MINNEAPOLIS (WCCO) — A lowered flag, flapping in the light breeze Friday was the sad and solemn reminder of last year’s mass shooting at a Bryn Mawr neighborhood business. The occasion was Minnesota’s worst case of workplace violence: seven people died, including the lone gunman.
“Our son struggled for years with mental illness,” were the words of Andrew Engeldinger’s parents when they told reporters their son had refused help.
Suddenly, one man’s struggle with depression crossed the line from sanity to surreal. Engeldinger was terminated for his job performance and brought a loaded Glock 9 mm pistol to the meeting with his supervisors.
He shot and wounded Accent Signage manager John Souter. Rami Cooks, Jacob Beneke, Eric Rivers, Ron Edberg, and Reuven Rahamim, the company’s owner, were killed. A UPS driver making a delivery to the plant, Keith Basinski was also shot and killed.
Engeldinger’s violent outburst claimed six lives in addition to his own.
While the shooting focused attention on the needs for workplace safety and gun control, it also shined a bright light on the needs of the mentally ill.
“We’ve made incredible strides,” said Tim Burkett, the executive director of People Incorporated.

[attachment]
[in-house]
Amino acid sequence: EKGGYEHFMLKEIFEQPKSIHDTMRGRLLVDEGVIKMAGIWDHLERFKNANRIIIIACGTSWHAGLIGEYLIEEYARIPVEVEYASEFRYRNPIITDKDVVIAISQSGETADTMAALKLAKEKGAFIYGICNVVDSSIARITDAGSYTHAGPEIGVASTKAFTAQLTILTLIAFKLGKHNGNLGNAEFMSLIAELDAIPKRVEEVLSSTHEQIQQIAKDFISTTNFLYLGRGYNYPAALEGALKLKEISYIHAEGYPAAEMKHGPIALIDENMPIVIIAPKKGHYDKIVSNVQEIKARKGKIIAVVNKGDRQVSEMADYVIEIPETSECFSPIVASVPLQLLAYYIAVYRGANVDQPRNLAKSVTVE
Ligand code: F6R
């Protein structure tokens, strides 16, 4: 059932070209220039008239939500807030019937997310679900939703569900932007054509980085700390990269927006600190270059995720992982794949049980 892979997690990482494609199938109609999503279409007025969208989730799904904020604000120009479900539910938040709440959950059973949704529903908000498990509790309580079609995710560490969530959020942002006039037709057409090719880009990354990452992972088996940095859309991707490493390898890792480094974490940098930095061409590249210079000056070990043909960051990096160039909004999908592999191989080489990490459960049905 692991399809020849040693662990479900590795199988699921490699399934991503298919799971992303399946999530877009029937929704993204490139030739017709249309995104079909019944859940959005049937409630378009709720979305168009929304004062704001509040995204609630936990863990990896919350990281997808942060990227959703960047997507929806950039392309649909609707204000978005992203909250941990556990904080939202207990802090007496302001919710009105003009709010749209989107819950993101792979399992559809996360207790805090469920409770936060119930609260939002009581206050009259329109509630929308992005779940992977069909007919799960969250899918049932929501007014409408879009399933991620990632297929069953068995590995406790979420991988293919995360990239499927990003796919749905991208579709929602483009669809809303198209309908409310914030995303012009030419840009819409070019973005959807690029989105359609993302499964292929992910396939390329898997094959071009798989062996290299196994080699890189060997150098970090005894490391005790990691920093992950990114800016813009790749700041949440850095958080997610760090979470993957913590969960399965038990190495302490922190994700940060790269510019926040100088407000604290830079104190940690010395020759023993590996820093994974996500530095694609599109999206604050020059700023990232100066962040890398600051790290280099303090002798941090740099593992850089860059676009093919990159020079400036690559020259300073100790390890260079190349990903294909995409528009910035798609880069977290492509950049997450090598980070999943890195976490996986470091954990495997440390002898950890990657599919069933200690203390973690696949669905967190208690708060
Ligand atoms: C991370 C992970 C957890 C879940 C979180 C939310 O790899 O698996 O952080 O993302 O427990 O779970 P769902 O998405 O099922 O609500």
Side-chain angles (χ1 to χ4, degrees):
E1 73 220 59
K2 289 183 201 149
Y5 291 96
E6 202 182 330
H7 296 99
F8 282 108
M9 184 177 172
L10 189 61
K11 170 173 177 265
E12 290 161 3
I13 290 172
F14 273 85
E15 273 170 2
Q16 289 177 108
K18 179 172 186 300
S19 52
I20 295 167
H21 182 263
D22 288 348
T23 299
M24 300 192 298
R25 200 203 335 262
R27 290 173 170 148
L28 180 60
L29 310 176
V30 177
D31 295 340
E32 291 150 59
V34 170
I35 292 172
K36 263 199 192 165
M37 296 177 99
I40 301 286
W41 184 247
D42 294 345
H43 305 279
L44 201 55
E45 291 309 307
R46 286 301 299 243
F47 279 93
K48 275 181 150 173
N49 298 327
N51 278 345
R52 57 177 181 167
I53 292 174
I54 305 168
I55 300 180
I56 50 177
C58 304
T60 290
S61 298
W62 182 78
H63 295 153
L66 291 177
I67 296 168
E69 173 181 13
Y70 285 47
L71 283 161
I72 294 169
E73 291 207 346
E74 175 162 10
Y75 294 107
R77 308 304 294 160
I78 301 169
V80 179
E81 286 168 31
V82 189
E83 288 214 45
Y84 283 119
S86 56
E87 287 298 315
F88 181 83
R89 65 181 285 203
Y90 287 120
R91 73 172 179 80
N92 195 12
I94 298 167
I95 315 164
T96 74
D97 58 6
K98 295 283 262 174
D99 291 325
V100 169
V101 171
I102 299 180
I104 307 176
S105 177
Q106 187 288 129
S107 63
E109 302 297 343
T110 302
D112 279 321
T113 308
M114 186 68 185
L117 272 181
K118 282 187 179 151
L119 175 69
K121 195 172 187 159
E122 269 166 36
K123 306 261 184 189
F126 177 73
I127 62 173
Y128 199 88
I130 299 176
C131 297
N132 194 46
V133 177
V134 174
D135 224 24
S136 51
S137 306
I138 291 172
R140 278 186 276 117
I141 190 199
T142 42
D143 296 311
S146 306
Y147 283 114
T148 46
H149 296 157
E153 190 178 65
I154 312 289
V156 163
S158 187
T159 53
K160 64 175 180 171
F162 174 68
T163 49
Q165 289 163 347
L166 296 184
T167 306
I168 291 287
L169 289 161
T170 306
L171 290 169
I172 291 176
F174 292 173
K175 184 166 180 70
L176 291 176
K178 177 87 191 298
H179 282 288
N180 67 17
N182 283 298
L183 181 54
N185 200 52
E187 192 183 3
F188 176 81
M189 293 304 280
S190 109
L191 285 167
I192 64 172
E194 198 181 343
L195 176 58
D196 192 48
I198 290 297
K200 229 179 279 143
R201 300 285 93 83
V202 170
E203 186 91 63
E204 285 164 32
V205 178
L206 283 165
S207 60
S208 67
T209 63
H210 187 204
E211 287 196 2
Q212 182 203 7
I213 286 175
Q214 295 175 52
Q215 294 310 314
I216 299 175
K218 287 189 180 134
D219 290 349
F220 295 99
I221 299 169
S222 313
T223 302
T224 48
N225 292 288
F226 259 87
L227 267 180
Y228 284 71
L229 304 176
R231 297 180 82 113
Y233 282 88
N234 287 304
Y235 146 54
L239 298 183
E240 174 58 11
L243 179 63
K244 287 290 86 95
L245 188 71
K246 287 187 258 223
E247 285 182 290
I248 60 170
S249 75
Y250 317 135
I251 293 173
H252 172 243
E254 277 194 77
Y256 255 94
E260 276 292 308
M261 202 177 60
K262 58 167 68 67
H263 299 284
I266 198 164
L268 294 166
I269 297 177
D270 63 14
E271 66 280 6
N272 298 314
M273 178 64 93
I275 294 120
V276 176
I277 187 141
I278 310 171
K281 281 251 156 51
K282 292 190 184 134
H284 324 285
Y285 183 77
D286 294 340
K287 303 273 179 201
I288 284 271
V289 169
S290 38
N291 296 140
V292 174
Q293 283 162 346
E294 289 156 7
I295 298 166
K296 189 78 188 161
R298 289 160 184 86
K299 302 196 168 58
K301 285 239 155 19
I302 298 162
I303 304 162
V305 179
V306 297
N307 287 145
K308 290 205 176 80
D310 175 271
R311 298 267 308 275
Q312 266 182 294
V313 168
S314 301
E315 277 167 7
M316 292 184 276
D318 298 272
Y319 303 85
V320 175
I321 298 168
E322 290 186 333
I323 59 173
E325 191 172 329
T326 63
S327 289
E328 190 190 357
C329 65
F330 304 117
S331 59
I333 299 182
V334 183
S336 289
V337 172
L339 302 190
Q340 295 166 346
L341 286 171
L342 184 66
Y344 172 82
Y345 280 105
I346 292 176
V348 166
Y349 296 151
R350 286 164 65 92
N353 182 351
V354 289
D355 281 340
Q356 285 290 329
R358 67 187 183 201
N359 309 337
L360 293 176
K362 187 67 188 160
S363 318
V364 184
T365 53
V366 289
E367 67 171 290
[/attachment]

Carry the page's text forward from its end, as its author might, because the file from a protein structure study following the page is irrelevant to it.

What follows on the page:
He says in decades of battling for better funding and acceptance for the needs for mental health programs, the tables have finally started to turn.
“I’ve been going to the Legislature for 20 years to try to get funding for community based services for mental illness,” he said. “I used to get the door shut on me.”
The mass shooting changed that. This past legislative session state lawmakers expanded help for early identification and treatment of children, including more than $7 million for school-based mental health grants for children.
They also passed more funding for housing, crisis intervention and employment for people battling mental health issues.
Still, Burkett wants to correct a troubling stereotype that too often gets attached to cases of school or workplace shootings.
“The statistics are clear that there’s no higher percentage of violence among people with mental illness than there is among people who don’t have mental illness,” Burkett said.
What’s tougher to address is tighter controls to help curb senseless gun violence. Sami Rahamim, son of the company’s slain owner, has been on a nationwide crusade.
During one hearing at the state Capitol this past session, Rahamim said, “By passing legislation we will prevent the call that’s most dreaded.”
Still, mental health advocates say they need to get where we are with heart disease, cancer and diabetes –where early intervention brings help, before problems bring pain.